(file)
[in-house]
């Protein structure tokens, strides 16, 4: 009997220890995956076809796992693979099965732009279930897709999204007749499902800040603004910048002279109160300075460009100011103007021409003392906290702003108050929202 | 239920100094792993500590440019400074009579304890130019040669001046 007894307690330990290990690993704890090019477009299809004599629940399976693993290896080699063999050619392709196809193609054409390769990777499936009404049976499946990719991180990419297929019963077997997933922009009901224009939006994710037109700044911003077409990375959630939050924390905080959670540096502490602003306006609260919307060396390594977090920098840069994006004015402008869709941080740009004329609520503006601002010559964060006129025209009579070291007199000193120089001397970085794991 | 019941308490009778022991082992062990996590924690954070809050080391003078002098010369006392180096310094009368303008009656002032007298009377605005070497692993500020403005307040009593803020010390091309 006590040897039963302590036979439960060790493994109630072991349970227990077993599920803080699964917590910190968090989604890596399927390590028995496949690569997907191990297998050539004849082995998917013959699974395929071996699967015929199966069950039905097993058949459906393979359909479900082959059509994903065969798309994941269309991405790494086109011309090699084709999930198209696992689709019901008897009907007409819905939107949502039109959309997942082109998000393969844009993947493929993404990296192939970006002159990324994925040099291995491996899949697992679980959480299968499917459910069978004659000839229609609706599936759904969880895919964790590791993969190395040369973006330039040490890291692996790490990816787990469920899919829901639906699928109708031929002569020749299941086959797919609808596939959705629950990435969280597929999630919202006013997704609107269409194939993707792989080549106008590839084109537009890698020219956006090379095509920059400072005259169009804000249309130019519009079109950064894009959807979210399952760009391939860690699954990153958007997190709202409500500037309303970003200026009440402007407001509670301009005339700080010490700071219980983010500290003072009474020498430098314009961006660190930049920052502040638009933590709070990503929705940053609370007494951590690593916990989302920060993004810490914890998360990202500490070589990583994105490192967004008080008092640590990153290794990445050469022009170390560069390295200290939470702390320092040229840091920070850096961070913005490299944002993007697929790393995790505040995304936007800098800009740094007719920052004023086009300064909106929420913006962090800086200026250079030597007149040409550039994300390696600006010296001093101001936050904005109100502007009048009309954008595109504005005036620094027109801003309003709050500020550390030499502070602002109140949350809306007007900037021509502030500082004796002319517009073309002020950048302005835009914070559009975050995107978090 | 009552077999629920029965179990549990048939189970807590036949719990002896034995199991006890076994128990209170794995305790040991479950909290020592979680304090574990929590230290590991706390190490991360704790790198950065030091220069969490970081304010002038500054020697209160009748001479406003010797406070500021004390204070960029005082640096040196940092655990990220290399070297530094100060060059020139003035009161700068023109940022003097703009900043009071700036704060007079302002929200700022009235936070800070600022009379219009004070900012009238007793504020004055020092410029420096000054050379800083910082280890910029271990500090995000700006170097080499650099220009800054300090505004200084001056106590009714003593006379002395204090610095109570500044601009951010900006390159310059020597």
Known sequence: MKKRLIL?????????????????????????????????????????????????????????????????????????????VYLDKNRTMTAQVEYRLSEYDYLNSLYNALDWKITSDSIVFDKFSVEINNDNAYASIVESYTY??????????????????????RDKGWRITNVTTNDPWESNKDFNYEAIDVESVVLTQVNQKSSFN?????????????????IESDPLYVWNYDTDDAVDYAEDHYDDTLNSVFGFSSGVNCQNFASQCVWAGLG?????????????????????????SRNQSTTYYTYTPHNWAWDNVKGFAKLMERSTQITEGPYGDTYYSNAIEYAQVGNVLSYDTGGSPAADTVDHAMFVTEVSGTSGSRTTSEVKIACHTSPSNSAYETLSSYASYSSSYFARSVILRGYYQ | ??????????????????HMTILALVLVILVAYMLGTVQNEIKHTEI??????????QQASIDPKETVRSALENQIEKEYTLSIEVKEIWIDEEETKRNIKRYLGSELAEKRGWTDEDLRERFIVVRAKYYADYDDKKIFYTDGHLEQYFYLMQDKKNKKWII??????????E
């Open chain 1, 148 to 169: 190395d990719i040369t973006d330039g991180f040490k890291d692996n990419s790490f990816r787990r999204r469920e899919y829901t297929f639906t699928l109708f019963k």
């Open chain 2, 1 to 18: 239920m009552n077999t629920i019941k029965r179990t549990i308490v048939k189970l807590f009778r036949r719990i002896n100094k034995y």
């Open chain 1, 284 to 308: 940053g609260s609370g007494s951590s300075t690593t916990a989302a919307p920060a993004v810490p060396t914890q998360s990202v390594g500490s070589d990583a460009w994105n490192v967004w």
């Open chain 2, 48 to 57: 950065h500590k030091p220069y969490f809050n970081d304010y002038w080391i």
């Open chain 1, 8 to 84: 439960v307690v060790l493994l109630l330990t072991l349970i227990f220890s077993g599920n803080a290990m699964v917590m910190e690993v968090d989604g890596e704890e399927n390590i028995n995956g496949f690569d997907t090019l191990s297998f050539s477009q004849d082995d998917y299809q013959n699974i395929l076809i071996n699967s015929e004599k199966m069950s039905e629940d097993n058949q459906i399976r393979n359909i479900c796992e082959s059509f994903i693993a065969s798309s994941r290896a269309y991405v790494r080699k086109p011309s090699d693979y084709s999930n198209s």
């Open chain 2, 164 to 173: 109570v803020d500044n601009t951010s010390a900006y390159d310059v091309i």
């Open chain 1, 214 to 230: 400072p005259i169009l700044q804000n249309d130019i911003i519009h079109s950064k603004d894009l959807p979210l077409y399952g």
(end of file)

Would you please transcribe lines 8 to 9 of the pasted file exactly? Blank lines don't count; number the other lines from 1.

């Open chain 1, 8 to 84: 439960v307690v060790l493994l109630l330990t072991l349970i227990f220890s077993g599920n803080a290990m699964v917590m910190e690993v968090d989604g890596e704890e399927n390590i028995n995956g496949f690569d997907t090019l191990s297998f050539s477009q004849d082995d998917y299809q013959n699974i395929l076809i071996n699967s015929e004599k199966m069950s039905e629940d097993n058949q459906i399976r393979n359909i479900c796992e082959s059509f994903i693993a065969s798309s994941r290896a269309y991405v790494r080699k086109p011309s090699d693979y084709s999930n198209s």
């Open chain 2, 164 to 173: 109570v803020d500044n601009t951010s010390a900006y390159d310059v091309i």